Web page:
Adidas Severs Ties With Kanye West; Other Retailers Remove His Products Amid Backlash
Footwear and apparel company Adidas announced Tuesday that it has cut ties with the musician Ye, formerly known as Kanye West, following antisemitic comments and hate speech he recently posted on social media. Adidas, known for its sporting goods wear based out of Germany, had a nearly decade-long partnership with Ye that included his Yeezy fashion collection. The company said in a news release Tuesday the abrupt end of the partnership would result in a 250-million euro loss ($246 million) this year.
"Adidas does not tolerate antisemitism and any other sort of hate speech," the company said in the release. "Ye’s recent comments and actions have been unacceptable, hateful and dangerous, and they violate the company’s values of diversity and inclusion, mutual respect, and fairness."
Other retailers and brands quickly followed suit. CNN Business reported Wednesday that Gap was pulling the rapper's Yeezy Gap line of merchandise from its stores (Ye terminated his partnership with Gap Inc. last month), and Foot Locker was pulling Yeezy products from its shelves. Women's Wear Daily reported last week that Balenciaga would no longer be working on projects with Ye and, its parent company, Kering, said it "has no longer any relationship nor any plans for future projects related to this artist."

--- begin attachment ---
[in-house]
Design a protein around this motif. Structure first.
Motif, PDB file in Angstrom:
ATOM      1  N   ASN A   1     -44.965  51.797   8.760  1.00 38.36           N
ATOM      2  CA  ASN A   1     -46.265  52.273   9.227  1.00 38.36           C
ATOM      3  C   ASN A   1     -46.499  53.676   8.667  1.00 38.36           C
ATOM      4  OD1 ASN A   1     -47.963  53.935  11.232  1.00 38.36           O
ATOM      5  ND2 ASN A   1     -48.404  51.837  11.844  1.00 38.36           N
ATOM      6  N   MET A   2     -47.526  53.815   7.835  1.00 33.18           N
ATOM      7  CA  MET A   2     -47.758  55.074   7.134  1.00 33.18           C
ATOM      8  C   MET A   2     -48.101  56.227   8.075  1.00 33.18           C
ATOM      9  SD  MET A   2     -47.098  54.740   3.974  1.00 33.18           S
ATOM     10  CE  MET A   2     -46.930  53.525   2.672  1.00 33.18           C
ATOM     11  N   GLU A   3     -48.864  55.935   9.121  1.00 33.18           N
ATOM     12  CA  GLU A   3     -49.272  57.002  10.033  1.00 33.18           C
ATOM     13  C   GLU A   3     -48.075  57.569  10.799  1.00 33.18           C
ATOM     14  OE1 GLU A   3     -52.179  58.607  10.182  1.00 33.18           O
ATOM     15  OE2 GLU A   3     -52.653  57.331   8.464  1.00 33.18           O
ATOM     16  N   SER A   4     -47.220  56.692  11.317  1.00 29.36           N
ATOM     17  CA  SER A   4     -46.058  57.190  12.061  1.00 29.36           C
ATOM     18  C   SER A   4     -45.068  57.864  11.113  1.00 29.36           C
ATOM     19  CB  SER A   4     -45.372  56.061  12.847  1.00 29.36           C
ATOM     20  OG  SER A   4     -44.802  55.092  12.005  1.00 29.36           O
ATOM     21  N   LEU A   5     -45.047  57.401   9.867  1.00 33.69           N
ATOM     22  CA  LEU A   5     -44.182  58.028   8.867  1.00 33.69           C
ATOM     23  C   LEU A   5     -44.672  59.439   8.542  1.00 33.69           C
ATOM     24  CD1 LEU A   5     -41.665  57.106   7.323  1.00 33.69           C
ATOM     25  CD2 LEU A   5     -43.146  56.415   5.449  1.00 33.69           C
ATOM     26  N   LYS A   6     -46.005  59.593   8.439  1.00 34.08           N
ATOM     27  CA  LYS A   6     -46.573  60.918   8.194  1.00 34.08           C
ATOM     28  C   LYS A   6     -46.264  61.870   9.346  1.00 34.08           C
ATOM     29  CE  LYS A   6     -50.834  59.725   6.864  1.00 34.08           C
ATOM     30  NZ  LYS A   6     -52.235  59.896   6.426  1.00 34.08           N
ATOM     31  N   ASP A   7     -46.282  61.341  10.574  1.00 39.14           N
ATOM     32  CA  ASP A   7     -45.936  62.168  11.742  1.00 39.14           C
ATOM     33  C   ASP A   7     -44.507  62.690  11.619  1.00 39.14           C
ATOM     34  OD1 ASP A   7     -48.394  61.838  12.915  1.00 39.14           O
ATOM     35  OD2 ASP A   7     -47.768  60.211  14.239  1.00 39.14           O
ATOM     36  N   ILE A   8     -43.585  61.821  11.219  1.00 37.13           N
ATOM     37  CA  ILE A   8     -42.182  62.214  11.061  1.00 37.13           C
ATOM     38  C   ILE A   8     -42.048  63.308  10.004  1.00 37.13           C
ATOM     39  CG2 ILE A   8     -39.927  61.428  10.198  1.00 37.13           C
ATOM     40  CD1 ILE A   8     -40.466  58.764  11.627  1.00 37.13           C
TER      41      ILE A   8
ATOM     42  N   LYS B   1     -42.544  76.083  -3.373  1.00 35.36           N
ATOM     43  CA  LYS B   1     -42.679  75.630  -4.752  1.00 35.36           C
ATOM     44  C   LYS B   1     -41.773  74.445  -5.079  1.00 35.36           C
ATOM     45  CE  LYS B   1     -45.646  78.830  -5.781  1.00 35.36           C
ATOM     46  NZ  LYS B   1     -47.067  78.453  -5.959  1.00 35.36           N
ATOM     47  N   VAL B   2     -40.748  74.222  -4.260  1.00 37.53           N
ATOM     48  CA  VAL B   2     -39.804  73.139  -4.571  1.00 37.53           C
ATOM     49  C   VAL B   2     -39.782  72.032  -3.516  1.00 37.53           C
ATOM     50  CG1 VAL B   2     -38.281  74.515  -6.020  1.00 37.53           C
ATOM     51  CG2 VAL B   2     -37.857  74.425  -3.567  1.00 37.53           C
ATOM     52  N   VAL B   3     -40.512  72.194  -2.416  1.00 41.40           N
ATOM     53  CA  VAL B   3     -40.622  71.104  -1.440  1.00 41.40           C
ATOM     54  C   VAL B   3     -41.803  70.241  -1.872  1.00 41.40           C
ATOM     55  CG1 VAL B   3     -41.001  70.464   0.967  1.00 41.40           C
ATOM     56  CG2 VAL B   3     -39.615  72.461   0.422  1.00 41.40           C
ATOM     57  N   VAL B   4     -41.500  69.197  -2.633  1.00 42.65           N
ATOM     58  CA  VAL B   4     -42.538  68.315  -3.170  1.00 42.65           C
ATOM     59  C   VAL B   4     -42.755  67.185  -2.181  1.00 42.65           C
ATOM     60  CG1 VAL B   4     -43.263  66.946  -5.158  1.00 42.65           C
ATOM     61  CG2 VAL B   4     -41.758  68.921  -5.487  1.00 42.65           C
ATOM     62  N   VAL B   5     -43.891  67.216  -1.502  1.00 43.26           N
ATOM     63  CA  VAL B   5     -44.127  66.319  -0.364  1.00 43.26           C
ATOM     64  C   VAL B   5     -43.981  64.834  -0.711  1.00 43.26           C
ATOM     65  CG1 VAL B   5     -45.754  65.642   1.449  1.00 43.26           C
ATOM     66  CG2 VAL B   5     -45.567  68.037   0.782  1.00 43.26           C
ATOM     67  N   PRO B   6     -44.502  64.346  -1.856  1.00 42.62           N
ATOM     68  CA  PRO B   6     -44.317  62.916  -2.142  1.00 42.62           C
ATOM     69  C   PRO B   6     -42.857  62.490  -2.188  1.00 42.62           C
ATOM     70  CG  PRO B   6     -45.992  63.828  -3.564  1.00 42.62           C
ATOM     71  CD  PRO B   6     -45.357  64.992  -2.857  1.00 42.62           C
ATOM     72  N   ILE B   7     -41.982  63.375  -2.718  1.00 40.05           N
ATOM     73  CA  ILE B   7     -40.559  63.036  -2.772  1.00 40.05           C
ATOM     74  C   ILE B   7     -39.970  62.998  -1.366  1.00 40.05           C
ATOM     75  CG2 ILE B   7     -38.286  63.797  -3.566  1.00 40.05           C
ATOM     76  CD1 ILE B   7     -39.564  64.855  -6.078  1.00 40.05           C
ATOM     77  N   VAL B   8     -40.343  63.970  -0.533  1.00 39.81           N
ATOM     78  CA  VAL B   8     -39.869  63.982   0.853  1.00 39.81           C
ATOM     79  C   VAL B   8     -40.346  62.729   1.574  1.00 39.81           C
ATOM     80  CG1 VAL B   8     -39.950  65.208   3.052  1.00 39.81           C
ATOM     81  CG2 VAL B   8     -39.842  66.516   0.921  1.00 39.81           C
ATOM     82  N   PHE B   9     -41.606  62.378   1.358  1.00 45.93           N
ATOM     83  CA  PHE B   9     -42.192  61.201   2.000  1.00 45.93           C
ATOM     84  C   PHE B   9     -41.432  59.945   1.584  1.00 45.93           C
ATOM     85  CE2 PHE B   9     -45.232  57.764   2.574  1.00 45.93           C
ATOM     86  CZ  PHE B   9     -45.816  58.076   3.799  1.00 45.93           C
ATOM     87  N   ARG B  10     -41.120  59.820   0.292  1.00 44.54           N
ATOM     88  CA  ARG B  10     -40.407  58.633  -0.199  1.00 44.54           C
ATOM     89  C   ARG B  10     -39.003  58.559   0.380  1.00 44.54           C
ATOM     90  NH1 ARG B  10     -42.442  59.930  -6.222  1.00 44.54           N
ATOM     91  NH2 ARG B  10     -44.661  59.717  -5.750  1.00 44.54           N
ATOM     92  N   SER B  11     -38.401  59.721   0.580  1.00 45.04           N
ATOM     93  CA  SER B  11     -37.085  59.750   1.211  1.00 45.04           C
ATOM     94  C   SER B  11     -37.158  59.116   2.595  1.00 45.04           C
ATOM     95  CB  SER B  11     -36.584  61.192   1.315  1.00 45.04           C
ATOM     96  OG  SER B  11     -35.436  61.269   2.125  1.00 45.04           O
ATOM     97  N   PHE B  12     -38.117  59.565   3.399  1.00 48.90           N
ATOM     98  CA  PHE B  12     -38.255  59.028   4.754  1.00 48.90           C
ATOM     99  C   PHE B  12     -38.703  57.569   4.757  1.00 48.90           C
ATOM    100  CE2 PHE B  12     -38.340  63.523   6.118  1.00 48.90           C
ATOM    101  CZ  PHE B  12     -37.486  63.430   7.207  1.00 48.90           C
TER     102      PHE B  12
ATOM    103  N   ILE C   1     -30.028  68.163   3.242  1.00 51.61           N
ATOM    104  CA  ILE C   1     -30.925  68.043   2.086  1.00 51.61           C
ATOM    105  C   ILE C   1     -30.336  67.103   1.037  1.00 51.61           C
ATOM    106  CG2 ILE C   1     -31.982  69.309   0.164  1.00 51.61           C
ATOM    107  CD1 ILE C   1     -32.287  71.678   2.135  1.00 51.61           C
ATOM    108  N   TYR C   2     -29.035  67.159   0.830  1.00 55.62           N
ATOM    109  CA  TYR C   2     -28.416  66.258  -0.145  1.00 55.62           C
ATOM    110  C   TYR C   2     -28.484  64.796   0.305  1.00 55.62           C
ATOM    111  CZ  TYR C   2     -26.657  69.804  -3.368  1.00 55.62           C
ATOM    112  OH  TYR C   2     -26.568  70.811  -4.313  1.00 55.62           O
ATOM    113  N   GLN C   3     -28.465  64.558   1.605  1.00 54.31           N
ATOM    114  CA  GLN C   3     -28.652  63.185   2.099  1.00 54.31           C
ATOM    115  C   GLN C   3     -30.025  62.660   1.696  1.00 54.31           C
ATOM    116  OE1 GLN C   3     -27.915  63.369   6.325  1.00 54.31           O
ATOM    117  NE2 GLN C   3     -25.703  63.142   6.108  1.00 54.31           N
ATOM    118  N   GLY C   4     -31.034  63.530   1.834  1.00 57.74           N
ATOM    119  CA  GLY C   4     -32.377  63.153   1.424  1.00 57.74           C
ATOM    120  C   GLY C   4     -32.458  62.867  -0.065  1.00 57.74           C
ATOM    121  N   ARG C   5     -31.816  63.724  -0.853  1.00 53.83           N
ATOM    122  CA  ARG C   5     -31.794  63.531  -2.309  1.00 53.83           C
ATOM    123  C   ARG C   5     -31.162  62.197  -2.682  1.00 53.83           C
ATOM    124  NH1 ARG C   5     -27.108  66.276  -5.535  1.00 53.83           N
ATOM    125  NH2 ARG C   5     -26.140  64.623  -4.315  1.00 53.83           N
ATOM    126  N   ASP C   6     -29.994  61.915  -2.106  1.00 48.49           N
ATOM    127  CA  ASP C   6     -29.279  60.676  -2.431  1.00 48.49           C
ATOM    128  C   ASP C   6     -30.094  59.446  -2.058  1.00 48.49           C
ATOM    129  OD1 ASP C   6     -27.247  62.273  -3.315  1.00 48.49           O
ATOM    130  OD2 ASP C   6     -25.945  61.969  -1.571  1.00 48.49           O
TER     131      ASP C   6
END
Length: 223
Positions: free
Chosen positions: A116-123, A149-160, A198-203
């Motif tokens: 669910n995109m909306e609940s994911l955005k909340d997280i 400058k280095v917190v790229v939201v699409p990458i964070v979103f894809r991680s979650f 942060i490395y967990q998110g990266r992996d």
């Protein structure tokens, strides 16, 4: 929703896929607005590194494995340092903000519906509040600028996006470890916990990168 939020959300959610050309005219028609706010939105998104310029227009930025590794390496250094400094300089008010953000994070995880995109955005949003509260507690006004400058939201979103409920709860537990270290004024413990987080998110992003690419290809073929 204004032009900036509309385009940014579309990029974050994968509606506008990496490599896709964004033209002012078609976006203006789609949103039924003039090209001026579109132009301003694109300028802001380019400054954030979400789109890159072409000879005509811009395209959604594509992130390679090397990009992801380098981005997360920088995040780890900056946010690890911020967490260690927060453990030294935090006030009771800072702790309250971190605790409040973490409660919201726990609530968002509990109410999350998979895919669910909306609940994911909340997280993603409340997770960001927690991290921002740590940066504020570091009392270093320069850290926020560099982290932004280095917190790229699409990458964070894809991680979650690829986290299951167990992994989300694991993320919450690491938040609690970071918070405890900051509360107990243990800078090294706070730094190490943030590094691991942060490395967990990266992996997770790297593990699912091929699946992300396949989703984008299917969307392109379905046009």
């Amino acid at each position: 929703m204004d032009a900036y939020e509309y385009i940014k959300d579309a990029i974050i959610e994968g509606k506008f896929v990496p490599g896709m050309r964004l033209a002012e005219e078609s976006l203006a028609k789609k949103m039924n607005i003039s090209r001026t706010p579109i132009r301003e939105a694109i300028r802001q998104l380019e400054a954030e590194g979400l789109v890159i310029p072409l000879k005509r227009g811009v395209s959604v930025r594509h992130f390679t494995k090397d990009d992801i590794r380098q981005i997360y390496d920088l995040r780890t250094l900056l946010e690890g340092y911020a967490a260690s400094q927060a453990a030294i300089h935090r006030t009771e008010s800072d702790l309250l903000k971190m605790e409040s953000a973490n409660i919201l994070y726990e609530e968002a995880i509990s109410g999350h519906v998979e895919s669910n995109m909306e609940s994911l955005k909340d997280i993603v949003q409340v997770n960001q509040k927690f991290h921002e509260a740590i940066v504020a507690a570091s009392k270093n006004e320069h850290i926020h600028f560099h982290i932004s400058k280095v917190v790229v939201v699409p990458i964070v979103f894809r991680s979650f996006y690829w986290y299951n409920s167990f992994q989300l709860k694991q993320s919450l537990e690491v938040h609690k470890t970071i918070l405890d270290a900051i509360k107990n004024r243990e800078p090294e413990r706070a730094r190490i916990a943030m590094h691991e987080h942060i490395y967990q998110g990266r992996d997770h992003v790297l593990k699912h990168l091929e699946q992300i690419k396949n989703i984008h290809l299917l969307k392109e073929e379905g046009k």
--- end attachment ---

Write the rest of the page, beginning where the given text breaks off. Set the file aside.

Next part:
Ye recently appeared at a fashion show in Paris wearing a T-shirt with the slogan "White Lives Matter," which the Anti-Defamation League called a white supremacist phrase. He also was locked out of Twitter and Instagram earlier this month for posting antisemitic comments. Following the posts, he said on a podcast, "I can say antisemitic things and Adidas can't drop me," according to Vulture.
Total Retail's Take: Partnering with any A-list celebrity has its risks for retailers and brands, especially in the age of social media and at a time when an individual's every word and action can be captured through a cell phone and live eternally online. Celebrity partners are often a boon to a company's sales, but with the rise in popularity of the term "cancel culture" — referring to the practice of withdrawing support for a person or company based on their views, words or actions — we've seen brands that traditionally have stayed out of any controversial conversations in order to avoid alienating current and future customers start to take positions on contentious social issues. Indeed, Adidas' share price dropped almost 15 percent following the announcement of the end of the partnership with Ye.